One of the facets of history that i find most amusing is to reflect on the differences between the Greeks and the Romans. I think it is safe to say the Romans when they were virtuous were hardworking, sober, pragmatic, disciplined and devoted to their state and to their duty. And as a whole the Romans were not very interested in abstract matters; philosophy was not their forte. The Greeks on the other hand were almost polar opposites. While they were brave and disciplined in battle, the Greeks in general were fractious and argumentative. While such characteristics may make for good philosophers, the Greeks, good philosophers though they were, nonetheless were a challenging people to govern. And for this reason several Roman Emperors at times resorted to banning Greek philosophers from Rome.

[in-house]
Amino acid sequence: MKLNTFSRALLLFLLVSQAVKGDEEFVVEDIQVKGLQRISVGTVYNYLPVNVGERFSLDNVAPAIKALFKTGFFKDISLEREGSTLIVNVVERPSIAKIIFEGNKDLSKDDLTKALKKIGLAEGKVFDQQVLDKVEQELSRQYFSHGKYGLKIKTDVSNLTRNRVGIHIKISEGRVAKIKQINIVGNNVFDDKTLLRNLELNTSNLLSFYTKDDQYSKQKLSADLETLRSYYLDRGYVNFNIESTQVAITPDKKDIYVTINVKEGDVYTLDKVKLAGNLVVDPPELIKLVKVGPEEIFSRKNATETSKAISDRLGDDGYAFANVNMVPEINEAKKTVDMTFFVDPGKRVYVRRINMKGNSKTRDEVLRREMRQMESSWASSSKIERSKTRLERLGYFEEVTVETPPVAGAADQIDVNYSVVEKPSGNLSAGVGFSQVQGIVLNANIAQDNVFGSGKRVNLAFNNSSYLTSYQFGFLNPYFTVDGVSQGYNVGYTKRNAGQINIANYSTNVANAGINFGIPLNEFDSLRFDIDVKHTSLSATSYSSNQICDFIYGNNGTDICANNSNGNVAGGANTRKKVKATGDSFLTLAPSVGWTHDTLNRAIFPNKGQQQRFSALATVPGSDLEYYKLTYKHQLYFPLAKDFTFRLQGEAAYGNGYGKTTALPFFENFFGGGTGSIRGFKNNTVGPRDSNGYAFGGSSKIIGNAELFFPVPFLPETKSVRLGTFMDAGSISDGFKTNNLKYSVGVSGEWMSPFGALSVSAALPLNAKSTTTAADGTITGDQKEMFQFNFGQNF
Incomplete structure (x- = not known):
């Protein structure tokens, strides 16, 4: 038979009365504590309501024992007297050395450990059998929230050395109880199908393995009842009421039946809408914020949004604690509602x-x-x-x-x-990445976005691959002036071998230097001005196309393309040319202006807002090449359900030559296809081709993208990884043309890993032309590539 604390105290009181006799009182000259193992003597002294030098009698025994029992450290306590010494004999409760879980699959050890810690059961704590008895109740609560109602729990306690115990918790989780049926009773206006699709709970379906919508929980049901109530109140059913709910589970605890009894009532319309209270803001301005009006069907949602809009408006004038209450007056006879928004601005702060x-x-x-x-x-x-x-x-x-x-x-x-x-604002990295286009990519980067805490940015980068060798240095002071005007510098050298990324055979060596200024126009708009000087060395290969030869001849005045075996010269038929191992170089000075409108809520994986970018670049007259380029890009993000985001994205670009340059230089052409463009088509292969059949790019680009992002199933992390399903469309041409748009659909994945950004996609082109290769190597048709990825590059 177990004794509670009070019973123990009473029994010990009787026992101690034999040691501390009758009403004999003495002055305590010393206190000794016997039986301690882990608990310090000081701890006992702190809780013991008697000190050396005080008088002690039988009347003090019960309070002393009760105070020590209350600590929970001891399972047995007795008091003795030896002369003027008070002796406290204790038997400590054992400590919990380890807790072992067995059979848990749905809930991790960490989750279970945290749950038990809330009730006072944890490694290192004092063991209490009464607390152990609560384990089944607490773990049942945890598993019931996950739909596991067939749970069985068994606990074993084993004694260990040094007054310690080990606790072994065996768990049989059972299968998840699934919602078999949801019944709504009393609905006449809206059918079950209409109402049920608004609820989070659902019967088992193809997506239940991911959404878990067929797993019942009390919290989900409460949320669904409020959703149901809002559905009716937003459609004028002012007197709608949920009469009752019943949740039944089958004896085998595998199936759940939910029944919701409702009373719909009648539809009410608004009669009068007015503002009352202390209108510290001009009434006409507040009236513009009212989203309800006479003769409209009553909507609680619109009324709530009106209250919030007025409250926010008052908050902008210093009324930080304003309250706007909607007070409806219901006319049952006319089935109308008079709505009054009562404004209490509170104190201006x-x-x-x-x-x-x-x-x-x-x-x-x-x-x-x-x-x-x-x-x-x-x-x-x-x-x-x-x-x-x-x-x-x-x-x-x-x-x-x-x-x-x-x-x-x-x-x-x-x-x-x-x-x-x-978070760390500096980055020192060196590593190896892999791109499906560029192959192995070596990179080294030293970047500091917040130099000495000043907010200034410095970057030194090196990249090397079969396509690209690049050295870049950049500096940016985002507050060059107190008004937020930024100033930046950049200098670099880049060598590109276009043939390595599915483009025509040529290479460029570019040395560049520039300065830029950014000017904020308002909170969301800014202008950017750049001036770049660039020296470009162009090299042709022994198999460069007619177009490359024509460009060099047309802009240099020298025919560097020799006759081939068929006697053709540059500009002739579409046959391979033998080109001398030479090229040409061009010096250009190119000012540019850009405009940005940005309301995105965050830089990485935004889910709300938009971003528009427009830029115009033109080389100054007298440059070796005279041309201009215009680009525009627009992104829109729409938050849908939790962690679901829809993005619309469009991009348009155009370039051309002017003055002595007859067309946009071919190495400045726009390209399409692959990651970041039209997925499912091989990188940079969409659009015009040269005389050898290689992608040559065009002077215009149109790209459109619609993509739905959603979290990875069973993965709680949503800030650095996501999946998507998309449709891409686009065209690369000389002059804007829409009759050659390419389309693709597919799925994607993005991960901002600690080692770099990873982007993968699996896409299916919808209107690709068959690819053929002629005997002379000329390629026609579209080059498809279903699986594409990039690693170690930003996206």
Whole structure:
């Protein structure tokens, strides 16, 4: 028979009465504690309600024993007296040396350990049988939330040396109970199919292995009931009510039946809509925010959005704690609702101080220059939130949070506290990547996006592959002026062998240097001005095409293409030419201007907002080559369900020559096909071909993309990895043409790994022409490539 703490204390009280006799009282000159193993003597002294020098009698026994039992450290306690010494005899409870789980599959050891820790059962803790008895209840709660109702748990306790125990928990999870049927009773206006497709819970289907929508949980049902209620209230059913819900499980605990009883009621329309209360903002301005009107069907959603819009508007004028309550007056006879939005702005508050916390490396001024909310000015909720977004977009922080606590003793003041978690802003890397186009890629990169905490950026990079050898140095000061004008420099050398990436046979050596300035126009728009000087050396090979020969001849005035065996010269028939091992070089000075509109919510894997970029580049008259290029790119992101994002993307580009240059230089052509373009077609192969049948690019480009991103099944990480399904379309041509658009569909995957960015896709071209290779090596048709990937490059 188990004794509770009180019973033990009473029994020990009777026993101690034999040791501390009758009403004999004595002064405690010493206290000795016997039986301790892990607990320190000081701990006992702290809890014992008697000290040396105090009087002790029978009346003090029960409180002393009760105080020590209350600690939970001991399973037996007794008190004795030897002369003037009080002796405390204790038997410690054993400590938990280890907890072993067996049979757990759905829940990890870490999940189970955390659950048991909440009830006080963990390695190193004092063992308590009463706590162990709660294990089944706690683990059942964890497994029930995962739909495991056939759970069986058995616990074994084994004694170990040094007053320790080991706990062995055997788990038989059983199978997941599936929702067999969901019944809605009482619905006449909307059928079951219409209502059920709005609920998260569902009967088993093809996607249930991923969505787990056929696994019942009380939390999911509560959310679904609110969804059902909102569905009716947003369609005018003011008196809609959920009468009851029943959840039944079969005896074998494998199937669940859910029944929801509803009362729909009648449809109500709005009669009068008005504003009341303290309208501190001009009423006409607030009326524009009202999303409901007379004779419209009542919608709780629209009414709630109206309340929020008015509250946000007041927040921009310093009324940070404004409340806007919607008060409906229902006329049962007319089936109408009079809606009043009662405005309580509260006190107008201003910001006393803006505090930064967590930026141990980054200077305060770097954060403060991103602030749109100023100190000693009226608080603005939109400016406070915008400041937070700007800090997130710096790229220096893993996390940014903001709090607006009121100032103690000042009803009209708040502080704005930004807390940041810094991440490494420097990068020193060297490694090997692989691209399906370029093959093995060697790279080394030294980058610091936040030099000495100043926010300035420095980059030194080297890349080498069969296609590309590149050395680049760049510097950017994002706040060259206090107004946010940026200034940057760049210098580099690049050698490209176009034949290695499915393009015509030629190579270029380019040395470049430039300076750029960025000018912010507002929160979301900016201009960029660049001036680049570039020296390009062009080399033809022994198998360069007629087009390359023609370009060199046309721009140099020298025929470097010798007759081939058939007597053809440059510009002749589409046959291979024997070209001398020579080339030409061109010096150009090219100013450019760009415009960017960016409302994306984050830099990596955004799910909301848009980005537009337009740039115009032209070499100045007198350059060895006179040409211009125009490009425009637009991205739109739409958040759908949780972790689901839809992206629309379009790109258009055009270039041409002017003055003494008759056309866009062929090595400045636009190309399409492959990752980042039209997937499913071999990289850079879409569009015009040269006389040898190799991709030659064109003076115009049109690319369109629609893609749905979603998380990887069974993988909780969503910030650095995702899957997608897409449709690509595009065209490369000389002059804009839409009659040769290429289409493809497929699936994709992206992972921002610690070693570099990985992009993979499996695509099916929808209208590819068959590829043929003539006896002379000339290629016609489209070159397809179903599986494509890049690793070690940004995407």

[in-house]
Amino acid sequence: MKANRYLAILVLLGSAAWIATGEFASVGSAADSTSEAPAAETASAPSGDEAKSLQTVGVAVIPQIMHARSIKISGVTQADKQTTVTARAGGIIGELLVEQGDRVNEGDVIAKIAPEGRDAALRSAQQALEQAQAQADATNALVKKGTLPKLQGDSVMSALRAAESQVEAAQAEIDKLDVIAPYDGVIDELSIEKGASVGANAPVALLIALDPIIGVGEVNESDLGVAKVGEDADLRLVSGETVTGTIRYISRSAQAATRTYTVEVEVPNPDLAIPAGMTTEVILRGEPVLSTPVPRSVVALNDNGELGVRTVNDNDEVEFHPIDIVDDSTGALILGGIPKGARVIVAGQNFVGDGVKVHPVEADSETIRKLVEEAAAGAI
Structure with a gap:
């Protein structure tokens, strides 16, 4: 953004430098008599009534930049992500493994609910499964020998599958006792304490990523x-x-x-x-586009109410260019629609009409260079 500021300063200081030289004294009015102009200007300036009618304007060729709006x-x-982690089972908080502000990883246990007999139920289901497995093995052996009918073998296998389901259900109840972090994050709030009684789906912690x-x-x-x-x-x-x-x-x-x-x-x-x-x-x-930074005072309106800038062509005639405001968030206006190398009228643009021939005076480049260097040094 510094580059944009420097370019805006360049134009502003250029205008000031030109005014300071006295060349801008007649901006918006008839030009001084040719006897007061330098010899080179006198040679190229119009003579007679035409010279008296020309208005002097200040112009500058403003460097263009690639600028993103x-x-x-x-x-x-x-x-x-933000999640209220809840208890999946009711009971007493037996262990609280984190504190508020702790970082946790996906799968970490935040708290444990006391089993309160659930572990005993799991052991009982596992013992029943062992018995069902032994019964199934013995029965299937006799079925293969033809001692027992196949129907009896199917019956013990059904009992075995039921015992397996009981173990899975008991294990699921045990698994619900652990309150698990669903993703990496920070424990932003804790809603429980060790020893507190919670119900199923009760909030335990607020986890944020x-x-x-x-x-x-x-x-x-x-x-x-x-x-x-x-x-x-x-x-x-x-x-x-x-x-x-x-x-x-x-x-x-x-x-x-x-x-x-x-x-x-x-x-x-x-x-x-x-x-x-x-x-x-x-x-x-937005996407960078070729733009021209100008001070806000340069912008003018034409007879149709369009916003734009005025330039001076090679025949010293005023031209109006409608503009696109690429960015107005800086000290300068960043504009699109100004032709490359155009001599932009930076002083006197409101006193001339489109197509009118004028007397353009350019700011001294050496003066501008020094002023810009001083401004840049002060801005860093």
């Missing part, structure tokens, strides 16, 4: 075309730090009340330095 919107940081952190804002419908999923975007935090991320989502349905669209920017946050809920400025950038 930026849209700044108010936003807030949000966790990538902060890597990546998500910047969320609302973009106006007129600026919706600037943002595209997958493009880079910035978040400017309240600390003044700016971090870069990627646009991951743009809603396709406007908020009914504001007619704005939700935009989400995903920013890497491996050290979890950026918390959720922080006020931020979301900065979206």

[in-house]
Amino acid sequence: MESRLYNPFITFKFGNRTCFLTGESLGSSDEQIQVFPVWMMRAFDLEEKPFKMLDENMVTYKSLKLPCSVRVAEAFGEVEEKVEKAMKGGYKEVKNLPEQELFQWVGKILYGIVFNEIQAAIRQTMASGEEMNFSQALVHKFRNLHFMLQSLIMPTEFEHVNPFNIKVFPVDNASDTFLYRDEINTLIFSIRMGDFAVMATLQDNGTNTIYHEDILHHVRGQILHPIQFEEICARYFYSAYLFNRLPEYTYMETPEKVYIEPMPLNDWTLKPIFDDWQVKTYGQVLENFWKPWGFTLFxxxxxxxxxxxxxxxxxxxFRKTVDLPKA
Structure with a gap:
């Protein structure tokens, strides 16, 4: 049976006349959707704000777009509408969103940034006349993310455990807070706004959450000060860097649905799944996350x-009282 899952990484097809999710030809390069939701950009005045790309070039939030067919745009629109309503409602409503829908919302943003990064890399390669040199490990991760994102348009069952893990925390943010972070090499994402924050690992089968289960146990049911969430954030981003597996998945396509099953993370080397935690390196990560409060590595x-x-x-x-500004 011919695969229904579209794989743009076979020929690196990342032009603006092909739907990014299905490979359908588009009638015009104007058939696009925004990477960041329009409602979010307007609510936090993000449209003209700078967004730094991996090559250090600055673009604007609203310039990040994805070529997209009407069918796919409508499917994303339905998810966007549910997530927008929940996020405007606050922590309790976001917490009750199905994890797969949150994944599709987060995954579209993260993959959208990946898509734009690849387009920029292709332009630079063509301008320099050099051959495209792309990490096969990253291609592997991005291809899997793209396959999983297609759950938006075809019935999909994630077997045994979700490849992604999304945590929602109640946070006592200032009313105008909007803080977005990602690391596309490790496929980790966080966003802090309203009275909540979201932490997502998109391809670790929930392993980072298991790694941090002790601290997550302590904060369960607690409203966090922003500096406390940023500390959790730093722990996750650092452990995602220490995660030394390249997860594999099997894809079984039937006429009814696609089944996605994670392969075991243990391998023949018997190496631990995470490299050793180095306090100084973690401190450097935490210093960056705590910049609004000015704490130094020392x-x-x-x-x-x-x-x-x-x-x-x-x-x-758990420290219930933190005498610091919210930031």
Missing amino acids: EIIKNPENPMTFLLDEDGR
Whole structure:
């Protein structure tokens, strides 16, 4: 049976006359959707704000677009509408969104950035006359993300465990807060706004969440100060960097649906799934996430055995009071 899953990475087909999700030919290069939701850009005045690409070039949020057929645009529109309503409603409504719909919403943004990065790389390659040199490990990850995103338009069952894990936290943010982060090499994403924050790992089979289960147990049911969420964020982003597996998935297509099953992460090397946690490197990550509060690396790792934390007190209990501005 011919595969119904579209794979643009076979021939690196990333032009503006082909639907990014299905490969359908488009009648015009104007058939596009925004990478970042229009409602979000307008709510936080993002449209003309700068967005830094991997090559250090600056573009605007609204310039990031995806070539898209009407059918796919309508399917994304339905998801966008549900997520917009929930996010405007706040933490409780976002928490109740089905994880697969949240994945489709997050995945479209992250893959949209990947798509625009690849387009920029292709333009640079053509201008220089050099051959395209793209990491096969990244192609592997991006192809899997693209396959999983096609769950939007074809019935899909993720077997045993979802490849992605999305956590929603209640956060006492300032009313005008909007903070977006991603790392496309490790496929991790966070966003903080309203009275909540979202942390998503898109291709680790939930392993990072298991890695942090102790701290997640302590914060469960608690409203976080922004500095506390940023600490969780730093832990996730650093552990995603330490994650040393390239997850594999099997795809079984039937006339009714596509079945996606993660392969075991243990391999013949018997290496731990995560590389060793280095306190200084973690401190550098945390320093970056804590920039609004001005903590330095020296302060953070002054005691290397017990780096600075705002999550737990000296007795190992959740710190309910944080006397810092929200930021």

I can sympathize. Having been affiliated with the military for as long as i can remember, I recognize that the philosophical spirit presents a challenge to the military virtues. It is not that the military is inimical to the life of the mind. Indeed, the military for it to be effective requires that its members be crafty and resourceful, to be able to make good decisions on the fly. In fact the best Generals in history such as Caesar and Macarthur have been avid students of history. That being said one thing is certain what a military requires above all is respect for authority and for the institution itself. Without that authority a military will lose it cohesion and its effectiveness as a fighting force. It can even become a threat to the state itself.